In previous articles we have dug into the framework that is needed to detect and prevent corruption in your business. We have spoken about the framework in detail, as well as how it uses a customizable decision-making model to help identify the likelihood of an individual’s future behaviour. This risk-scoring model is used on a continuous basis to ensure your business is able to pick up on any changes of behaviour/circumstances over times.
In this article we build upon the employee element of the framework by using it to assess all suppliers and customers to your business, all of which, of course, are operated by individuals.
By applying framework to the office bearers of companies which are your suppliers and customers, you will be in a strong position to assess the risks of corruption associated with prominent people connected with them. There are three elements to consider here: corruption by the company, corrupt acts by its office bearers or any sanctions against the company or office bearers, and the company’s political exposure.
In addition to the above, the other components in our customer and supplier framework will assist you to detect, identify and prevent the risk of corruption or fraud damaging your supply chain or other important relationships.
We have discussed the risk-scoring methodology in previous articles regarding the framework based around individuals and this builds upon it for your suppliers and customers as detailed below:
- Company Details:
Does the company registration number, company name, trading names, registered address of the head office and associated branches correspond with the company’s office registry?
- Tax compliance:
Are the company’s registered tax details confirmed and authentic?
- Bank accounts:
Are the company back accounts verified as being authentic and not black-listed?
- Company Office Bearers:
What are the risk scores from the framework for each of the directors, executives and key management team?
- Beneficial ownership of the company:
What are the risk scores from the framework for each of the directors, executives and key management team of the beneficial owners?
- Professional Advisors:
What are the risk scores from the framework for each of the directors, executives and key management team of the professional advisors? Case studies have demonstrated that auditors and lawyers were involved, either wittingly or unwittingly, with examples of state capture. In some cases, there were clear, demonstrable links between PEPs and corrupt deals associated with some professional advisors. Undertaking a risk appraisal for the professional advisors is a key element in determining your exposure to risk.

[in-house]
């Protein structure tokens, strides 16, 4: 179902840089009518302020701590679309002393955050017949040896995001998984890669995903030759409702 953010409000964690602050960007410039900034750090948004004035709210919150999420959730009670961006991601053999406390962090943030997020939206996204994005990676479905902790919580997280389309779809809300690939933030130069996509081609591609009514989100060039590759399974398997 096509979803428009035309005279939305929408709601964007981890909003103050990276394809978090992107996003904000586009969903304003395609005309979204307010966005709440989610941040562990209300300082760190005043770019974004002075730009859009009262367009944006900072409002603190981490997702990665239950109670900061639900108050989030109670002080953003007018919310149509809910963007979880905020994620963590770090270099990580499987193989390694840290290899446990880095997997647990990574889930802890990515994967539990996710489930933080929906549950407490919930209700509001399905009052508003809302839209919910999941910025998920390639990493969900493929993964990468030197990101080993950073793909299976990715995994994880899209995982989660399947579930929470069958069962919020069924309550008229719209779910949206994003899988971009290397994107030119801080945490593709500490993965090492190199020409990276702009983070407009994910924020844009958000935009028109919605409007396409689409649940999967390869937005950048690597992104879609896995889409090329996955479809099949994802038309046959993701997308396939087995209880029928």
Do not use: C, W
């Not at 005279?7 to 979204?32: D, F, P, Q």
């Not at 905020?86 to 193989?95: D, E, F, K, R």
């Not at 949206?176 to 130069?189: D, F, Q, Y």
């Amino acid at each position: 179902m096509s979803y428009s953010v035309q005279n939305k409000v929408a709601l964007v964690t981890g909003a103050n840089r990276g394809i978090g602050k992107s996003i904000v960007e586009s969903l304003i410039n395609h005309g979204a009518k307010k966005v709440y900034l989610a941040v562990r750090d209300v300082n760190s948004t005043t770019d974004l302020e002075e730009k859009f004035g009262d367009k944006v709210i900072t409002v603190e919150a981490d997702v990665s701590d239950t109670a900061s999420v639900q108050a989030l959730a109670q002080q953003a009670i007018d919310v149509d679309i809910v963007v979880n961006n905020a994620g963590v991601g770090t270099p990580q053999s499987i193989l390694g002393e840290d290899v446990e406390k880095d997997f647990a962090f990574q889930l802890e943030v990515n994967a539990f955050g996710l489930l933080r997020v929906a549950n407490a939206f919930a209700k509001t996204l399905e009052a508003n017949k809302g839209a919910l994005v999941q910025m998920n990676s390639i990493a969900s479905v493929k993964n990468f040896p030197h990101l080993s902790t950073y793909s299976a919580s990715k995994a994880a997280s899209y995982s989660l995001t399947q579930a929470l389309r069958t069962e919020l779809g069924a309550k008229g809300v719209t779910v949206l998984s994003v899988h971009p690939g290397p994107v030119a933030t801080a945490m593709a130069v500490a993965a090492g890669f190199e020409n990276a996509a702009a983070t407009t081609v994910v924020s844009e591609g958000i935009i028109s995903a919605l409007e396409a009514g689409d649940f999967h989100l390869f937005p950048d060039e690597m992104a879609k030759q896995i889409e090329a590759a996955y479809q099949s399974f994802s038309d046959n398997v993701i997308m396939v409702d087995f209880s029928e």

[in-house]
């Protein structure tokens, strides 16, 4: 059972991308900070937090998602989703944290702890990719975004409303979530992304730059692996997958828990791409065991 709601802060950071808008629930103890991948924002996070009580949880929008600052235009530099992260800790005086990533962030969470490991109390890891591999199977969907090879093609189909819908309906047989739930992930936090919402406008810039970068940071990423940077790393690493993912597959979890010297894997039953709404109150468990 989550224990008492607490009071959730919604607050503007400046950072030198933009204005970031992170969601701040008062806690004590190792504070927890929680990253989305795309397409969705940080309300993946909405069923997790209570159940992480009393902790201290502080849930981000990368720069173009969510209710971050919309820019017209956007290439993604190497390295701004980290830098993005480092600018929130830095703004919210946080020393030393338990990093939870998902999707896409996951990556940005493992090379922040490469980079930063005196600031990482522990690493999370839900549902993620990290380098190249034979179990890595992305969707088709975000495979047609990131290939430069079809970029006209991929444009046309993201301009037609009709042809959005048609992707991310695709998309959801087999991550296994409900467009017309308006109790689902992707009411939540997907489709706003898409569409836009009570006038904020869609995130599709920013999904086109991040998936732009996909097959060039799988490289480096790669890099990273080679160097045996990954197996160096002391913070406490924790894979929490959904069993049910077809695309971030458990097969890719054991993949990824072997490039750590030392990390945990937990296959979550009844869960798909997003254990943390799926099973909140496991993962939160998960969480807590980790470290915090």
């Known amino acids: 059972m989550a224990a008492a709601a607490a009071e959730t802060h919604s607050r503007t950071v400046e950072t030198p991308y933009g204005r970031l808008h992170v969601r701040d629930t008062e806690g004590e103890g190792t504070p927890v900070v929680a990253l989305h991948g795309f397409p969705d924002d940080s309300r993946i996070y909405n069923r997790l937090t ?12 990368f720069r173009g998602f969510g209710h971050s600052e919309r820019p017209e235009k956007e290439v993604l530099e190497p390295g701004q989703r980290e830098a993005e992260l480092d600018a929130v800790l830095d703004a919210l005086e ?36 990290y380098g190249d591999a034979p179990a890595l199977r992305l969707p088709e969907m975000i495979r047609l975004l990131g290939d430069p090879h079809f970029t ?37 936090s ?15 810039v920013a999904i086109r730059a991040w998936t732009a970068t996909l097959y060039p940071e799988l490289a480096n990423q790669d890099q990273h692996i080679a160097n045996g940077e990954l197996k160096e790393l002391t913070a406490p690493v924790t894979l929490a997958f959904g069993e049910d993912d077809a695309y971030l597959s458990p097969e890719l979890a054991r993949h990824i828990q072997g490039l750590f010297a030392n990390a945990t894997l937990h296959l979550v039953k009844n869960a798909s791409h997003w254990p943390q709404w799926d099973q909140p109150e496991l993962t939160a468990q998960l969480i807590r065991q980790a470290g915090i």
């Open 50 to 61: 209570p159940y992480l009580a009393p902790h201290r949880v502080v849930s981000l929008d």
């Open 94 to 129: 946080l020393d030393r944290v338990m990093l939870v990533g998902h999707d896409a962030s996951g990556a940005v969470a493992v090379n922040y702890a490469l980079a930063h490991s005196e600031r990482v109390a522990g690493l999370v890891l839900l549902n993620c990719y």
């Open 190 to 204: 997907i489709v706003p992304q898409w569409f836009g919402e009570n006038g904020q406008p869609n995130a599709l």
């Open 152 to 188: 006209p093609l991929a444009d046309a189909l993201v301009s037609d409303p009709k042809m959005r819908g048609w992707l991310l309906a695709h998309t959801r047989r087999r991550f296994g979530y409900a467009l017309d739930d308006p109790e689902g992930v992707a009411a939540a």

- Financial distress:
Determine whether the person or company is in financial distress by considering their financial status, levels of expenditure, if they are under debt review or they have a financial judgement against them. Be sure to consider the value of the judgement and the time since issue, if a judgement exists, to determine its relevance as a risk factor.
- Financial irregularities:
Movement of money during corrupt activities is one of the key things that investigators look for when tracing corrupt practices. People involved in corrupt practices do their level best to shield their transactions from scrutiny. Consider the risks to your business if an employee or business partner of the company being assessed has a trend of moving large amounts of money between mortgage bonds, bank accounts or other financial instruments such as insurance policies etc These movements would be considered to be out of alignment with the person’s lifestyle.
Determine the status of any action against the company such as liquidation, debt review, provisional or otherwise.
What is your assessment of the positive and adverse social and mainstream media reports about the company? Do they suggest a risk of corruption, illicit activities or any history of racist or hate speech?
- Adverse labour action: